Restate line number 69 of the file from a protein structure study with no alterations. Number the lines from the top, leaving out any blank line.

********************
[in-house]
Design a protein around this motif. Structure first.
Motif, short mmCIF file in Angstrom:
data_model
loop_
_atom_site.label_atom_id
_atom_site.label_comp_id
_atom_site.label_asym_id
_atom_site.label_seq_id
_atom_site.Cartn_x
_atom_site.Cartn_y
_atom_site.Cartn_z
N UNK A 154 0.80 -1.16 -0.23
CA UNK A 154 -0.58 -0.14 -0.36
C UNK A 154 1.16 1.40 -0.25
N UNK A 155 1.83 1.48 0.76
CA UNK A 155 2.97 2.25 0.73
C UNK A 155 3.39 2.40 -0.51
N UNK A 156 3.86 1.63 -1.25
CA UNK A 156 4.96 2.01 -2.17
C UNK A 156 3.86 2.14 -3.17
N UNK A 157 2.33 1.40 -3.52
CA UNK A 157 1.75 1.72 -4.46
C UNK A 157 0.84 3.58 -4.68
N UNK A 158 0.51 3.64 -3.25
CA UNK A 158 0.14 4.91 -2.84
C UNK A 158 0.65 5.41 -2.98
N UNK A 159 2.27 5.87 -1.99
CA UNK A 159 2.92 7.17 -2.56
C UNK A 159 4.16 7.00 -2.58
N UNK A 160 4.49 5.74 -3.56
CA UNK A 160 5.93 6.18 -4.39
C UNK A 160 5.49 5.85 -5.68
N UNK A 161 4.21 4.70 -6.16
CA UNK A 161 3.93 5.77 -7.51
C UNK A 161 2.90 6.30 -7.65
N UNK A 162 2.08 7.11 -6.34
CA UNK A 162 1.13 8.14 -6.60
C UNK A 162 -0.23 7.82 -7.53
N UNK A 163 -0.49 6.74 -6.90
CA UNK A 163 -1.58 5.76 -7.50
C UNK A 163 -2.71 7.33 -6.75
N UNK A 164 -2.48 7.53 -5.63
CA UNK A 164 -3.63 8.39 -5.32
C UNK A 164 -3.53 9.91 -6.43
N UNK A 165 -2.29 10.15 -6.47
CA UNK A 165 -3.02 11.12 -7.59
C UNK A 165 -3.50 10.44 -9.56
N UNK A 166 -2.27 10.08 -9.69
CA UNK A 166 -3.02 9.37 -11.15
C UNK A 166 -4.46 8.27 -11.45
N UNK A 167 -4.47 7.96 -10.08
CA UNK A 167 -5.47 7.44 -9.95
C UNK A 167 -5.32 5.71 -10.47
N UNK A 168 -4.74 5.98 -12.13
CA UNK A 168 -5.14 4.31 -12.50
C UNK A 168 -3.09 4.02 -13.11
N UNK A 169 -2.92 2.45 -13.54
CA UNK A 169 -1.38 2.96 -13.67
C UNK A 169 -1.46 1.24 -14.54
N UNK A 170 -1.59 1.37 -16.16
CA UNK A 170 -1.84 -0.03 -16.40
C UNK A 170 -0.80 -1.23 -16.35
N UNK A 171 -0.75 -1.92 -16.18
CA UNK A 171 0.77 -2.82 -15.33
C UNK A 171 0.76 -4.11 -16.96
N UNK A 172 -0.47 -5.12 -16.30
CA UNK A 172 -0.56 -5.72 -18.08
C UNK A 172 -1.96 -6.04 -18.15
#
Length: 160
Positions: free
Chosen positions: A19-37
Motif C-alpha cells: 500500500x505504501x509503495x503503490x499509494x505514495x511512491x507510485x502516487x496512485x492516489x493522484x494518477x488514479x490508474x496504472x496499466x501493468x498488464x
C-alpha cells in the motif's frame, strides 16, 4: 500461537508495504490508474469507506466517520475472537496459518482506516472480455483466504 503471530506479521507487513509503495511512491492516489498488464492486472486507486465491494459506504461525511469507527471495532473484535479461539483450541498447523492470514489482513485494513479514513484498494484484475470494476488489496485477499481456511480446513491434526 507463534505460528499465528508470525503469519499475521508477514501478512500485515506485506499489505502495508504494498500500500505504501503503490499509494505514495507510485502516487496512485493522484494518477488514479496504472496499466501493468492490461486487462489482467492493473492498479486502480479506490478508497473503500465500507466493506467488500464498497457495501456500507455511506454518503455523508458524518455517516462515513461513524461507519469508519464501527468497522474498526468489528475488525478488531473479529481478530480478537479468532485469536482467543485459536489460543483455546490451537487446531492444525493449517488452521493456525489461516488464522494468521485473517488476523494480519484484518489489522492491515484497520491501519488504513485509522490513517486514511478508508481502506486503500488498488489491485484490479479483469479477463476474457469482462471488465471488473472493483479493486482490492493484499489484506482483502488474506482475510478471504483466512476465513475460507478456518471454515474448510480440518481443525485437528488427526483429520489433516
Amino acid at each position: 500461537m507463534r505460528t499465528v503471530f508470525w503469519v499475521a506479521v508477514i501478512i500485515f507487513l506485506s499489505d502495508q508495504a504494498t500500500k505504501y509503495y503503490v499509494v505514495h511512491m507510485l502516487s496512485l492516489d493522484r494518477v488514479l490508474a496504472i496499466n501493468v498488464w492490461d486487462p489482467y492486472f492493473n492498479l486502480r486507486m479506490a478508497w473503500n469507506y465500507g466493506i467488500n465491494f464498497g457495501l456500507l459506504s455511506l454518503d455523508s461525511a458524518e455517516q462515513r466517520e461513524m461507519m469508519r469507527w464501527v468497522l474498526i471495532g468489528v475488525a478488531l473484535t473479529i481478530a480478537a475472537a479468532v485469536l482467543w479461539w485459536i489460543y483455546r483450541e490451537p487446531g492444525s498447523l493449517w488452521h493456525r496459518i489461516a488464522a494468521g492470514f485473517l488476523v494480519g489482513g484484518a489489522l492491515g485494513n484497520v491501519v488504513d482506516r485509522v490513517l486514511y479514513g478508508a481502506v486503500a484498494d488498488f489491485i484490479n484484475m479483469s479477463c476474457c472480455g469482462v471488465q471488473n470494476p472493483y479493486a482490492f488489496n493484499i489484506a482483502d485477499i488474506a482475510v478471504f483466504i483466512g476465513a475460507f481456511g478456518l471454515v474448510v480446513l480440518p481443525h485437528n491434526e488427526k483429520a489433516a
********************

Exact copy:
C UNK A 172 -1.96 -6.04 -18.15